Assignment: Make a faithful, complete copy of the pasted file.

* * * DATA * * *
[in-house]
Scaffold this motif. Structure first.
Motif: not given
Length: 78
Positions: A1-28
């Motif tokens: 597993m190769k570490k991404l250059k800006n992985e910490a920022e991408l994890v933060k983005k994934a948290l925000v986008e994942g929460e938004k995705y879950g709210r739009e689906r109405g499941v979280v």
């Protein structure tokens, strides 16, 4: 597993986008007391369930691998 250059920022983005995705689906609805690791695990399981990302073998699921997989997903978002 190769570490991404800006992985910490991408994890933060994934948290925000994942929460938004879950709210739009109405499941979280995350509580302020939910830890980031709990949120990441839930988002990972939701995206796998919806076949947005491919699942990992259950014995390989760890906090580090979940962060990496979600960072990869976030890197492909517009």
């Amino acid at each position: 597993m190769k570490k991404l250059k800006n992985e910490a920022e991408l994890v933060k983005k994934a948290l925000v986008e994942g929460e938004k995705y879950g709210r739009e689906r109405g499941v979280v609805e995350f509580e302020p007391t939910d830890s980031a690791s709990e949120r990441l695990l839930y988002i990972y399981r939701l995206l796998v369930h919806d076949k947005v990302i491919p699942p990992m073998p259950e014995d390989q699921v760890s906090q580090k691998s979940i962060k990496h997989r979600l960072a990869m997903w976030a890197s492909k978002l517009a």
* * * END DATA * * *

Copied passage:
[in-house]
Scaffold this motif. Structure first.
Motif: not given
Length: 78
Positions: A1-28
């Motif tokens: 597993m190769k570490k991404l250059k800006n992985e910490a920022e991408l994890v933060k983005k994934a948290l925000v986008e994942g929460e938004k995705y879950g709210r739009e689906r109405g499941v979280v």
């Protein structure tokens, strides 16, 4: 597993986008007391369930691998 250059920022983005995705689906609805690791695990399981990302073998699921997989997903978002 190769570490991404800006992985910490991408994890933060994934948290925000994942929460938004879950709210739009109405499941979280995350509580302020939910830890980031709990949120990441839930988002990972939701995206796998919806076949947005491919699942990992259950014995390989760890906090580090979940962060990496979600960072990869976030890197492909517009």
């Amino acid at each position: 597993m190769k570490k991404l250059k800006n992985e910490a920022e991408l994890v933060k983005k994934a948290l925000v986008e994942g929460e938004k995705y879950g709210r739009e689906r109405g499941v979280v609805e995350f509580e302020p007391t939910d830890s980031a690791s709990e949120r990441l695990l839930y988002i990972y399981r939701l995206l796998v369930h919806d076949k947005v990302i491919p699942p990992m073998p259950e014995d390989q699921v760890s906090q580090k691998s979940i962060k990496h997989r979600l960072a990869m997903w976030a890197s492909k978002l517009a």